© The Authors 2024
Open Access article, published by EDP Sciences, under the terms of the Creative Commons Attribution License (https://creativecommons.org/licenses/by/4.0), which permits unrestricted use, distribution, and reproduction in any medium, provided the original work is properly cited.
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1 Introduction
Highcontrast direct imaging (HCI) of exoplanets from the ground is one of the most demanding applications of adaptive optics (AO). Current HCI instruments such as the SpectroPolarimetric Highcontrast Exoplanet REsearch (SPHERE; Beuzit et al. 2019), the GEMINI Planet Imager (GPI; Macintosh et al. 2018), the SUBARU Coronagraphic Extreme Adaptive Optics (SCExAO; Jovanovic et al. 2015), the Keck Planet Imager and Characterizer (KPIC; Mawet et al. 2018), or the Magellan extreme AO system (MagAOX Males et al. 2018) installed on 8m class telescopes, reach highcontrast sensitivities, which led to the discovery of several young giant planets (e.g. Macintosh et al. 2015; Keppler et al. 2018; Lagrange et al. 2010). The directimaging method has also allowed powerful characterisation of the planetary atmospheres through direct spectroscopy, returning not only effective temperatures and surface gravities, but also detections of molecular species that provide basic estimates of the compositions of the atmosphere (e.g. Konopacky et al. 2013).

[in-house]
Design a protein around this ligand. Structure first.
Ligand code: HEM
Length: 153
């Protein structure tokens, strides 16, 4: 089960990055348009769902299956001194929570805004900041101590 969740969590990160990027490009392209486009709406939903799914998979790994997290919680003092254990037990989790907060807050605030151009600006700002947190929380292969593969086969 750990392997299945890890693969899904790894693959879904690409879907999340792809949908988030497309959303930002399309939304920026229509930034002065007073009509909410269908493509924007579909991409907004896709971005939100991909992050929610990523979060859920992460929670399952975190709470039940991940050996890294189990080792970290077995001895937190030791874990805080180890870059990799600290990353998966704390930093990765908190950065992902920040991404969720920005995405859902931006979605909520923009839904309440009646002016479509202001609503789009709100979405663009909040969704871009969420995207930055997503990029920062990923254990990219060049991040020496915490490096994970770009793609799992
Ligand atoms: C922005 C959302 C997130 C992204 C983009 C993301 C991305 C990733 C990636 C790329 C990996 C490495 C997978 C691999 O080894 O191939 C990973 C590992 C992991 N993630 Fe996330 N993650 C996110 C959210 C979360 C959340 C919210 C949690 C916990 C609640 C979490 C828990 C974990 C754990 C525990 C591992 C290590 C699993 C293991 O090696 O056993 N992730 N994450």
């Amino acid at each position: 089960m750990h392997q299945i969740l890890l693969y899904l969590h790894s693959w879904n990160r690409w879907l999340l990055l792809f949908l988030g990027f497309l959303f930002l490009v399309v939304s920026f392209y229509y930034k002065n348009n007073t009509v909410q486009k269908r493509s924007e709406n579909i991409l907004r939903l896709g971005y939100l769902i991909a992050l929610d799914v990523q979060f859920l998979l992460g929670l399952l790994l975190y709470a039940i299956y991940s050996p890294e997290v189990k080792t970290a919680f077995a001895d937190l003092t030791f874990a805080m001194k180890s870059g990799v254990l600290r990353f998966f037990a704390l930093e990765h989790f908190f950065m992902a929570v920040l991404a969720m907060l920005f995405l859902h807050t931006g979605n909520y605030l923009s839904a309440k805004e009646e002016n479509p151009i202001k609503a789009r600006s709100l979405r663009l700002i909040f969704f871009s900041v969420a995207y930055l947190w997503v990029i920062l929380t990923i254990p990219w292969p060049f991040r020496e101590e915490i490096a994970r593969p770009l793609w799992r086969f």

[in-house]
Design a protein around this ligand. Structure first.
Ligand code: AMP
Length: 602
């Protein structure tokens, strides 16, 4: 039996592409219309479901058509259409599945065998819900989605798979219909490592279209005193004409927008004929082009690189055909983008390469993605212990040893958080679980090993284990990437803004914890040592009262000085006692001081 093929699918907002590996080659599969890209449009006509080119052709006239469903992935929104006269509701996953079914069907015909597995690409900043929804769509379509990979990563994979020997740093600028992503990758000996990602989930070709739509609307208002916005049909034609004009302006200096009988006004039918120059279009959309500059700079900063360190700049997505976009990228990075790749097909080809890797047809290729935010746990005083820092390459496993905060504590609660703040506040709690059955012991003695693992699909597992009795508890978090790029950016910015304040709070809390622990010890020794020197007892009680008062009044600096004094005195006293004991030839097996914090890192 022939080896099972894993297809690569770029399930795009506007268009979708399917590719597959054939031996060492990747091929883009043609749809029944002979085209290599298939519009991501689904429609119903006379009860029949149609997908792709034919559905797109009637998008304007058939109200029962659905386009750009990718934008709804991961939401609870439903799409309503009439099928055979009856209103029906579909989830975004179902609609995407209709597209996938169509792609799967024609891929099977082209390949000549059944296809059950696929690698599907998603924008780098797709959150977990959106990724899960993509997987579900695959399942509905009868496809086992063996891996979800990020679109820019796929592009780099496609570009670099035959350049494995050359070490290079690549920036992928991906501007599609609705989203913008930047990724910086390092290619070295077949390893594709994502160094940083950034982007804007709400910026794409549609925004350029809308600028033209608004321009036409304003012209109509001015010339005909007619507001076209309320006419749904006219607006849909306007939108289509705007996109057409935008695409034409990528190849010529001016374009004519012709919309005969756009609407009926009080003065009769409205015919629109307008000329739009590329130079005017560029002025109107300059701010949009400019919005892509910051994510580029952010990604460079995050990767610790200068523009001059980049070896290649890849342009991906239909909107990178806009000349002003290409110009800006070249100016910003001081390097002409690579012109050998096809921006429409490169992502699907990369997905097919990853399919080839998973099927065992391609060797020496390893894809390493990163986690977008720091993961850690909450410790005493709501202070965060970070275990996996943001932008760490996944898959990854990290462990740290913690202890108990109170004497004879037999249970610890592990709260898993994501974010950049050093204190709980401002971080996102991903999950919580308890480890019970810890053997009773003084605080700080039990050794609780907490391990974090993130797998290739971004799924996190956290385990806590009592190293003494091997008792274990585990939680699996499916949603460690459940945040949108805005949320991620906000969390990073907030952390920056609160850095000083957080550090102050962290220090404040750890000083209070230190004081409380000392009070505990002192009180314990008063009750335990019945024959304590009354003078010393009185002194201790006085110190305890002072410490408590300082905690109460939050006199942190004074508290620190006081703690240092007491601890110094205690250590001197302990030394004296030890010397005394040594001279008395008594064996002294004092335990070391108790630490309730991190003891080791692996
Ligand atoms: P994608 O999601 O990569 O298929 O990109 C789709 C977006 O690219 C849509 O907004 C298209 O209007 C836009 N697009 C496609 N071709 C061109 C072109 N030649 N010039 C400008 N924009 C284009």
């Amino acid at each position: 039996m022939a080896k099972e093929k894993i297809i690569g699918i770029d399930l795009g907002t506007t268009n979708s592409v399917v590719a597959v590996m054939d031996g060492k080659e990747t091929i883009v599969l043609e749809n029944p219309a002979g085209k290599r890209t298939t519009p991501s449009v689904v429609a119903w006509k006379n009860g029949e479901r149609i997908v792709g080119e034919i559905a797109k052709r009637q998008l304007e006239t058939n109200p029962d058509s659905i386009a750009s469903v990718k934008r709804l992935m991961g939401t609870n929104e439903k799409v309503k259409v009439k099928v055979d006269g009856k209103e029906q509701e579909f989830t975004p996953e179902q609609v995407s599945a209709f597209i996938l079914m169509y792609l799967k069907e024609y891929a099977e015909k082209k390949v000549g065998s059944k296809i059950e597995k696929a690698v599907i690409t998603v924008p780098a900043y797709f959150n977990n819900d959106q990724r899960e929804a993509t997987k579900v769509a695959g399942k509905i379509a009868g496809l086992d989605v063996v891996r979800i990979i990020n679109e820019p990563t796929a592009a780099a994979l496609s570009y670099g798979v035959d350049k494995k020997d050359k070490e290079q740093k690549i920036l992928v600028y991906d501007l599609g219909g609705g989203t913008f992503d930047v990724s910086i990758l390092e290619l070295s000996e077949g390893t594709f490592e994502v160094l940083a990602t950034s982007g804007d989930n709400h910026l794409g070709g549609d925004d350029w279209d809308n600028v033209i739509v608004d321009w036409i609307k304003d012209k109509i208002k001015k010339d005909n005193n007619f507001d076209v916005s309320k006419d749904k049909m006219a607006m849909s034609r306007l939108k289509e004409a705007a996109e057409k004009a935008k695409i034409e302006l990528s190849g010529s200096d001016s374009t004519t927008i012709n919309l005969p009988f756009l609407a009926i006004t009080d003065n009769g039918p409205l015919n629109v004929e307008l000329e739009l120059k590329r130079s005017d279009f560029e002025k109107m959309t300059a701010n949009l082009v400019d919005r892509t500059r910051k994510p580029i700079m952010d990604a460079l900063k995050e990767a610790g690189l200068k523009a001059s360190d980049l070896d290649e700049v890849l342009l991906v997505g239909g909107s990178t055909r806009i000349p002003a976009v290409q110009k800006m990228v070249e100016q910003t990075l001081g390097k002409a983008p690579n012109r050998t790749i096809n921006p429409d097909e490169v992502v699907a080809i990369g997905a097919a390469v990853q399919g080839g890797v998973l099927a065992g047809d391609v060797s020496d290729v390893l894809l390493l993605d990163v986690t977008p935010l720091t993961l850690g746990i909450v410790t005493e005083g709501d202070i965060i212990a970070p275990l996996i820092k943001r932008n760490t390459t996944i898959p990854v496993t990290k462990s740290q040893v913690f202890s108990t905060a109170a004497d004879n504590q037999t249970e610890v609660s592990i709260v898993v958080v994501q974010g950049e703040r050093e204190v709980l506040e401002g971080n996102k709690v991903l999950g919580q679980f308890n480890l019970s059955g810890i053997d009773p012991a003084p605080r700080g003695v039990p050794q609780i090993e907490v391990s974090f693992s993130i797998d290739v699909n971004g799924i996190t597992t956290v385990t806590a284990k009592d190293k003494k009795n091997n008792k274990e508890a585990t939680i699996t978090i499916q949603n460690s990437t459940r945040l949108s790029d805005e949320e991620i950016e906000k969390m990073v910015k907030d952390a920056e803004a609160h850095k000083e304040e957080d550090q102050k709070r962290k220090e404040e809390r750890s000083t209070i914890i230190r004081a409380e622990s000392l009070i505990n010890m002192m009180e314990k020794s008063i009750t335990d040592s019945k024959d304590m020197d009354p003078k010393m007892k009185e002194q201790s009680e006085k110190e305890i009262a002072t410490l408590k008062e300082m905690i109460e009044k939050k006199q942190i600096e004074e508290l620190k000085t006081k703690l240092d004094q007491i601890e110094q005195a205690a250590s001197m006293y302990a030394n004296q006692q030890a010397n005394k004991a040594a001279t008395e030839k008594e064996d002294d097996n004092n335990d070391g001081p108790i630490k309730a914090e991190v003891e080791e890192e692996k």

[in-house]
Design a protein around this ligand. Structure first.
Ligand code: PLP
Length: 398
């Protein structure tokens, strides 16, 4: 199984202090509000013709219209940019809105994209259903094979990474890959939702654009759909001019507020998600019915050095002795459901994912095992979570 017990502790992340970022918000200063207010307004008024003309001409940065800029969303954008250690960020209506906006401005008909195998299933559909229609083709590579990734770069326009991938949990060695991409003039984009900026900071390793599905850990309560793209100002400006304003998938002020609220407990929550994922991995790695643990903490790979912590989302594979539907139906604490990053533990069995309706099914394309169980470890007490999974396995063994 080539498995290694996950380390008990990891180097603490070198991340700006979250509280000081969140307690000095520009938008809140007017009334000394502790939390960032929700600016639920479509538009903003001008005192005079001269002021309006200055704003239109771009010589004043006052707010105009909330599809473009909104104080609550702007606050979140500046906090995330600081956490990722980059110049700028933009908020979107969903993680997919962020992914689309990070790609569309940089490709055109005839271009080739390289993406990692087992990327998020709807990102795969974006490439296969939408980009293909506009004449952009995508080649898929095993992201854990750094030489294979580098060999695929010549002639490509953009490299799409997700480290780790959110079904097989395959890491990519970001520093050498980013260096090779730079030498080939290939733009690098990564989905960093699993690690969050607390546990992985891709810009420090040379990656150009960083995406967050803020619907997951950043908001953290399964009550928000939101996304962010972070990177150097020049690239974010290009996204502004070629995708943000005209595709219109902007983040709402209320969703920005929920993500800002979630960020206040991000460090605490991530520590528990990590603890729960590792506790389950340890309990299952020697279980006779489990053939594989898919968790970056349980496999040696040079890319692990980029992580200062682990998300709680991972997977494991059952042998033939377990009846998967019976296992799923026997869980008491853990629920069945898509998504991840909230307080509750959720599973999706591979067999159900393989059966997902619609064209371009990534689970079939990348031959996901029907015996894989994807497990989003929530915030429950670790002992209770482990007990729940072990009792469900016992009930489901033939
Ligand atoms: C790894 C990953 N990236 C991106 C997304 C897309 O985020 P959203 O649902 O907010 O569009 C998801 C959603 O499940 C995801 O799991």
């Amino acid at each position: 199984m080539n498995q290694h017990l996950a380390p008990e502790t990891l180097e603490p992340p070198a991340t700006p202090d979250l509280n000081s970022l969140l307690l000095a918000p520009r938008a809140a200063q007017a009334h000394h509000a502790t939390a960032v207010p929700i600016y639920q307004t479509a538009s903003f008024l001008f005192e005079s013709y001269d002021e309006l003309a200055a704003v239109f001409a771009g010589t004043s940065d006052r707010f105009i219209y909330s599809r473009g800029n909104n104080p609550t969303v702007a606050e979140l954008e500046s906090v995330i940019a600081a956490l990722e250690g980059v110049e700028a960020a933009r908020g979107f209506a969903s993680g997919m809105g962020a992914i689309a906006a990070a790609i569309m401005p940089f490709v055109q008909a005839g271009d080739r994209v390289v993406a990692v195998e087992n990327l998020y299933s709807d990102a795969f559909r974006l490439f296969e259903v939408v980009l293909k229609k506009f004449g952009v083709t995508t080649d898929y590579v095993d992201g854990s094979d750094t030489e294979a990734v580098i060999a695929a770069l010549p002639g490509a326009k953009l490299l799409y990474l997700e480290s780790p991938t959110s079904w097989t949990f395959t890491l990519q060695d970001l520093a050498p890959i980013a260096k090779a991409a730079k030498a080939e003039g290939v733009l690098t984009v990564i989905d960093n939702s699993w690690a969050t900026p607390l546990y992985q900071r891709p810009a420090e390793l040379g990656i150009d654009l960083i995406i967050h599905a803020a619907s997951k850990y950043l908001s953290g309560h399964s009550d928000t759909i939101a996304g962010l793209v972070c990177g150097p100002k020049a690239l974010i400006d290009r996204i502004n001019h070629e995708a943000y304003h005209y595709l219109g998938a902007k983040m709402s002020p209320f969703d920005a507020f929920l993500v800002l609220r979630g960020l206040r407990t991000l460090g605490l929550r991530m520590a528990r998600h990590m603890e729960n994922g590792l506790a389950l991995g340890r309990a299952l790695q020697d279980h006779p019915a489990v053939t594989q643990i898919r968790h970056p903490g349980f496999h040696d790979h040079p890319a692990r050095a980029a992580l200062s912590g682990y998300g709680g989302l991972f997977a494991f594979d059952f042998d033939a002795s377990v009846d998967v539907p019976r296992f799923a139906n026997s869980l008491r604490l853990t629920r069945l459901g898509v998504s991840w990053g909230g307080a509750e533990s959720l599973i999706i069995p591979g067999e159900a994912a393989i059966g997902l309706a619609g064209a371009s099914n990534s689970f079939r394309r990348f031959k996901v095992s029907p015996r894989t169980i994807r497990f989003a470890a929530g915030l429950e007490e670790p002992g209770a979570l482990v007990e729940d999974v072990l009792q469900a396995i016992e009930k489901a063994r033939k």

A main achievement of exoplanetary science in the past several years is the determination that lowmass planets are common (Dressing & Charbonneau 2013), and the identification of numerous more such objects is expected to proceed in the coming years. The new generation of giant 30 to 40 m class telescopes (the Extremely Large Telescope (ELT), the Giant Magellan Telescope (GMT), and the Thirty Meter Telescope (TMT)) in the 2030s is expected to be capable of detecting and characterising these small planets with sizes of Earth to subNeptunes around the closest M dwarfs even when they are located in the habitable zone (Kasper et al. 2021).